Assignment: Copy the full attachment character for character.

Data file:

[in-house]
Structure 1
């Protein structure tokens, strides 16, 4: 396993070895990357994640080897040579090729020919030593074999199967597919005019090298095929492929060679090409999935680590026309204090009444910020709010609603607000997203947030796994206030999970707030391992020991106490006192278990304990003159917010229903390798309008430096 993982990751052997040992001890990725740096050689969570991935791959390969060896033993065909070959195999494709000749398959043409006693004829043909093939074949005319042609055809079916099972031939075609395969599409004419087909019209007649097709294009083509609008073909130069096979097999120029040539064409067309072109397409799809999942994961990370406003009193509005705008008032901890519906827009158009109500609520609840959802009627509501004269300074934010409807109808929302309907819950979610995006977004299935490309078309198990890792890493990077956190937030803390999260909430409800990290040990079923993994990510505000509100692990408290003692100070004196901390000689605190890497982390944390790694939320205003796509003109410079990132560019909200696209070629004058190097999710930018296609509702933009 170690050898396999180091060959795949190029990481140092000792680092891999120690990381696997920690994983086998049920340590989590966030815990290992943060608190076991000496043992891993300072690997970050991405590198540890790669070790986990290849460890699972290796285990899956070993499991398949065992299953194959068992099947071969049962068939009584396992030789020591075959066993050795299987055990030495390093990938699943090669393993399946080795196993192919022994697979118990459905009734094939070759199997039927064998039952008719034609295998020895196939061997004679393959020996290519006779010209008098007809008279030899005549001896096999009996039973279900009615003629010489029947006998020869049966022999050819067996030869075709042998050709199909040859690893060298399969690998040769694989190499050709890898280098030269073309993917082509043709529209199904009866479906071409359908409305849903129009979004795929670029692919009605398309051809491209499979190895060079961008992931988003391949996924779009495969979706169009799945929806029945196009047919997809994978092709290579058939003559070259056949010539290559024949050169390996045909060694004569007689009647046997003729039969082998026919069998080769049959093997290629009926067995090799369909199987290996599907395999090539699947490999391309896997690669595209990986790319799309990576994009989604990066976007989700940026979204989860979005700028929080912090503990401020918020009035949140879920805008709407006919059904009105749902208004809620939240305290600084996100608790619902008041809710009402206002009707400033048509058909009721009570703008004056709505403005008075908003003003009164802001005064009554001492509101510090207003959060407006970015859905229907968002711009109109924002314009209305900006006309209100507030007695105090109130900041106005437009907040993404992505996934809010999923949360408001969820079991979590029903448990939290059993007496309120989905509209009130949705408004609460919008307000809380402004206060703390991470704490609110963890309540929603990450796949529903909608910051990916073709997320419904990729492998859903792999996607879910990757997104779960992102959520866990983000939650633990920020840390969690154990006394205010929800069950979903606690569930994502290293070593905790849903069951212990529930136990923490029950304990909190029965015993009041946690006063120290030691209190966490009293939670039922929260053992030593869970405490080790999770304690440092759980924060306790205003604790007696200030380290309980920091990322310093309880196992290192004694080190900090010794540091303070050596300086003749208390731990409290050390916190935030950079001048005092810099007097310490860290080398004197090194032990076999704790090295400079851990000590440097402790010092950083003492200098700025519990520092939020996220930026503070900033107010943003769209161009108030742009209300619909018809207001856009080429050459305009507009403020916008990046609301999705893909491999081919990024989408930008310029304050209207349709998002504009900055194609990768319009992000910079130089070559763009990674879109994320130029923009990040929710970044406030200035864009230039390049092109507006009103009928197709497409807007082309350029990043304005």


[in-house]
Structure 1
């Protein structure tokens, strides 16, 4: 396993070895990357994640080897040579090729020919030593074999199967597919005019090298095929492929060679090409999935680590026309204090009444910020709010609603607000997203947030796994206030999970707030391992020991106490006192278990304990003159917010229903390798309008430096 993982990751052997040992001890990725740096050689969570991935791959390969060896033993065909070959195999494709000749398959043409006693004829043909093939074949005319042609055809079916099972031939075609395969599409004419087909019209007649097709294009083509609008073909130069096979097999120029040539064409067309072109397409799809999942994961990370406003009193509005705008008032901890519906827009158009109500609520609840959802009627509501004269300074934010409807109808929302309907819950979610995006977004299935490309078309198990890792890493990077956190937030803390999260909430409800990290040990079923993994990510505000509100692990408290003692100070004196901390000689605190890497982390944390790694939320205003796509003109410079990132560019909200696209070629004058190097999710930018296609509702933009 170690050898396999180091060959795949190029990481140092000792680092891999120690990381696997920690994983086998049920340590989590966030815990290992943060608190076991000496043992891993300072690997970050991405590198540890790669070790986990290849460890699972290796285990899956070993499991398949065992299953194959068992099947071969049962068939009584396992030789020591075959066993050795299987055990030495390093990938699943090669393993399946080795196993192919022994697979118990459905009734094939070759199997039927064998039952008719034609295998020895196939061997004679393959020996290519006779010209008098007809008279030899005549001896096999009996039973279900009615003629010489029947006998020869049966022999050819067996030869075709042998050709199909040859690893060298399969690998040769694989190499050709890898280098030269073309993917082509043709529209199904009866479906071409359908409305849903129009979004795929670029692919009605398309051809491209499979190895060079961008992931988003391949996924779009495969979706169009799945929806029945196009047919997809994978092709290579058939003559070259056949010539290559024949050169390996045909060694004569007689009647046997003729039969082998026919069998080769049959093997290629009926067995090799369909199987290996599907395999090539699947490999391309896997690669595209990986790319799309990576994009989604990066976007989700940026979204989860979005700028929080912090503990401020918020009035949140879920805008709407006919059904009105749902208004809620939240305290600084996100608790619902008041809710009402206002009707400033048509058909009721009570703008004056709505403005008075908003003003009164802001005064009554001492509101510090207003959060407006970015859905229907968002711009109109924002314009209305900006006309209100507030007695105090109130900041106005437009907040993404992505996934809010999923949360408001969820079991979590029903448990939290059993007496309120989905509209009130949705408004609460919008307000809380402004206060703390991470704490609110963890309540929603990450796949529903909608910051990916073709997320419904990729492998859903792999996607879910990757997104779960992102959520866990983000939650633990920020840390969690154990006394205010929800069950979903606690569930994502290293070593905790849903069951212990529930136990923490029950304990909190029965015993009041946690006063120290030691209190966490009293939670039922929260053992030593869970405490080790999770304690440092759980924060306790205003604790007696200030380290309980920091990322310093309880196992290192004694080190900090010794540091303070050596300086003749208390731990409290050390916190935030950079001048005092810099007097310490860290080398004197090194032990076999704790090295400079851990000590440097402790010092950083003492200098700025519990520092939020996220930026503070900033107010943003769209161009108030742009209300619909018809207001856009080429050459305009507009403020916008990046609301999705893909491999081919990024989408930008310029304050209207349709998002504009900055194609990768319009992000910079130089070559763009990674879109994320130029923009990040929710970044406030200035864009230039390049092109507006009103009928197709497409807007082309350029990043304005």